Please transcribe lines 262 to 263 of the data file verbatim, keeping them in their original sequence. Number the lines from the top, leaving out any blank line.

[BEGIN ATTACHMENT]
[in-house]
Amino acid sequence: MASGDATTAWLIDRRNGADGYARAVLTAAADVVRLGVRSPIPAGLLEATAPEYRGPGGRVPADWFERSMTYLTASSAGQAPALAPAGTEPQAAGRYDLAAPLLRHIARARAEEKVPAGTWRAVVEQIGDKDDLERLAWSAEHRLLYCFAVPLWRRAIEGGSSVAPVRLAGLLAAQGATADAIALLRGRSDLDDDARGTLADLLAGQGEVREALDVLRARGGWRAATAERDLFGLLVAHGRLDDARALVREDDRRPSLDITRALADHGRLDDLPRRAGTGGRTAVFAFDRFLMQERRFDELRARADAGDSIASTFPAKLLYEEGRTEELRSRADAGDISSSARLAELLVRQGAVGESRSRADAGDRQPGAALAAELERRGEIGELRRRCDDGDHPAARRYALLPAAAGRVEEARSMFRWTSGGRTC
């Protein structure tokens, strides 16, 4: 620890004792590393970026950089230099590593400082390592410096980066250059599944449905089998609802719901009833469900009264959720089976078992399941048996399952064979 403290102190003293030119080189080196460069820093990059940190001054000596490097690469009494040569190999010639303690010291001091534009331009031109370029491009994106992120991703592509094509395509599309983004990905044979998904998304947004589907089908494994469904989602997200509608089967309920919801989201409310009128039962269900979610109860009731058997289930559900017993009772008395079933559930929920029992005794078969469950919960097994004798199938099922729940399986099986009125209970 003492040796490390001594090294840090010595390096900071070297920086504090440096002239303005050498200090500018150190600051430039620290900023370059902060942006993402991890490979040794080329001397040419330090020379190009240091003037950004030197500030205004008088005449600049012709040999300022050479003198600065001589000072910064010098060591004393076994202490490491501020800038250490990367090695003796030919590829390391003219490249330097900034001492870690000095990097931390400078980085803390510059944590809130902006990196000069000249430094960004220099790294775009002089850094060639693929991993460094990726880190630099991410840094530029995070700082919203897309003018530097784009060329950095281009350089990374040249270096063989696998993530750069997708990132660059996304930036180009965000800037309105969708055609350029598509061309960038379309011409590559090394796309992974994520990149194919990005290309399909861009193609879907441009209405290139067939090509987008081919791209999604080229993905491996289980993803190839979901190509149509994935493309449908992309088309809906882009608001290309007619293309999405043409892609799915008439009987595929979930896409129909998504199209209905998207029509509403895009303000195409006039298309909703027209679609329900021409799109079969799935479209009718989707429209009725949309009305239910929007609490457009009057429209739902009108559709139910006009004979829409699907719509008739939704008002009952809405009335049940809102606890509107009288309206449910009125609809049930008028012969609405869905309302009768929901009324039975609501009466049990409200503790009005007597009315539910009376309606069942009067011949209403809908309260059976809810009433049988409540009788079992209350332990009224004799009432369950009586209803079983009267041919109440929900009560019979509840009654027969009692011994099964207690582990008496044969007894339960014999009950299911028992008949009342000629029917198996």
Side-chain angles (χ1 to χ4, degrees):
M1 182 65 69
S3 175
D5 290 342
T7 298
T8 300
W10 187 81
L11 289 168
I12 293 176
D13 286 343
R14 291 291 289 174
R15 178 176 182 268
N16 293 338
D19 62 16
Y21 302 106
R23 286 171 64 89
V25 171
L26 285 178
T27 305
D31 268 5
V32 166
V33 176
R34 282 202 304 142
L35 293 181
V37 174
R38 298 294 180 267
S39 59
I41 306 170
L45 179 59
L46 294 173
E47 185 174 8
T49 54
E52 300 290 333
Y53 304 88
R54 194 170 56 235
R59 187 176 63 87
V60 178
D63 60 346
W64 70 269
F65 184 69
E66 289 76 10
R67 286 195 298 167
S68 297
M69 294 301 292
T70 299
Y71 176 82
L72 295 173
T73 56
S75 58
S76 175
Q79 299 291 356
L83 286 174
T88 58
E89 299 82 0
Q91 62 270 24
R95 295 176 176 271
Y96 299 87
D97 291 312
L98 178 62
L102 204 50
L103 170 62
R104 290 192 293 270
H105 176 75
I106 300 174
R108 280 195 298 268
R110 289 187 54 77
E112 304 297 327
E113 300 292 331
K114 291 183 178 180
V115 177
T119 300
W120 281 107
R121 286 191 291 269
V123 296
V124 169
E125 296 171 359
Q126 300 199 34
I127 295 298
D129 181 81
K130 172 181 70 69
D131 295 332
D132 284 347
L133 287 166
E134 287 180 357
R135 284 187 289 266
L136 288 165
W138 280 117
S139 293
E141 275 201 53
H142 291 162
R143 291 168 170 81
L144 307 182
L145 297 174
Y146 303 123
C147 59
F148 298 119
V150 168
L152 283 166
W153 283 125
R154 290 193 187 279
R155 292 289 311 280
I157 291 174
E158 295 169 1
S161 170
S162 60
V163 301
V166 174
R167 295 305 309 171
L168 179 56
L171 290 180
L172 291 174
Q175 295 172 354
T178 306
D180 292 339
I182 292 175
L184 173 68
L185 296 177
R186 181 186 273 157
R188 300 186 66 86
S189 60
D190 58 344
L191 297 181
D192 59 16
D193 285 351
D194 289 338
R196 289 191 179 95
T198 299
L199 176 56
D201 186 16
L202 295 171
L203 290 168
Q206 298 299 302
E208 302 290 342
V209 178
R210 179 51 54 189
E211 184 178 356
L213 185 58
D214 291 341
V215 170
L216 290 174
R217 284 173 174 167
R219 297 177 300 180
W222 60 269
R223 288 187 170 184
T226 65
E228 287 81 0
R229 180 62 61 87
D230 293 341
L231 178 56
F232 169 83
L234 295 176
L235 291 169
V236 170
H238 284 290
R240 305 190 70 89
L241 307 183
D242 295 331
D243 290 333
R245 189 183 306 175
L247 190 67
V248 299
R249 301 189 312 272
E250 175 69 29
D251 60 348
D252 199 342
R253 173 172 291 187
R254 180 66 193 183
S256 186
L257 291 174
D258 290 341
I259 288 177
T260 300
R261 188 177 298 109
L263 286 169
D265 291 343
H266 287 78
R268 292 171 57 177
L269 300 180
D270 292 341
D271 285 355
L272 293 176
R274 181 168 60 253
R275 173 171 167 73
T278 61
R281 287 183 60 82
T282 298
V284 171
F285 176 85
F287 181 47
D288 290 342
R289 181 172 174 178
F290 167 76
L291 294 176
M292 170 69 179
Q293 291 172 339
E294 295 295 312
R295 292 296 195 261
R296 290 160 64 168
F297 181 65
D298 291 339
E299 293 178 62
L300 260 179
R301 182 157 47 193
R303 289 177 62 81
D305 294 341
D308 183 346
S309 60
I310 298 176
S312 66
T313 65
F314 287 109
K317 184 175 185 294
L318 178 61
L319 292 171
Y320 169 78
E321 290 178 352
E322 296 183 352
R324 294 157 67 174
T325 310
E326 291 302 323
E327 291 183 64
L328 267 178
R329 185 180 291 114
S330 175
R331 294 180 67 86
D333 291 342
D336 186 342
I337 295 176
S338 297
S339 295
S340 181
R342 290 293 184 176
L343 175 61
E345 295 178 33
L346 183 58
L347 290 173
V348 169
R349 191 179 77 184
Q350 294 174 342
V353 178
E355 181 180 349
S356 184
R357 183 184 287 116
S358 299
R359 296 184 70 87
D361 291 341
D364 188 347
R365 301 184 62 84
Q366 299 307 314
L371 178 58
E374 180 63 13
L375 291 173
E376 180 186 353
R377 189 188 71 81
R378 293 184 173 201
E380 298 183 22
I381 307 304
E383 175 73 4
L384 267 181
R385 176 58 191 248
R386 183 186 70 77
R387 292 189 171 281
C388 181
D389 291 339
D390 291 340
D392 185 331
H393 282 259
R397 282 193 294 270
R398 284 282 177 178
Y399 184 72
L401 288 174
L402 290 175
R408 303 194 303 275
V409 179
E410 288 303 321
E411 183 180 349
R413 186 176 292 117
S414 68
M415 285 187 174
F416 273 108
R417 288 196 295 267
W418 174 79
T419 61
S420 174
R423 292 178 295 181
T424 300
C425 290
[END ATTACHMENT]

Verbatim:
L384 267 181
R385 176 58 191 248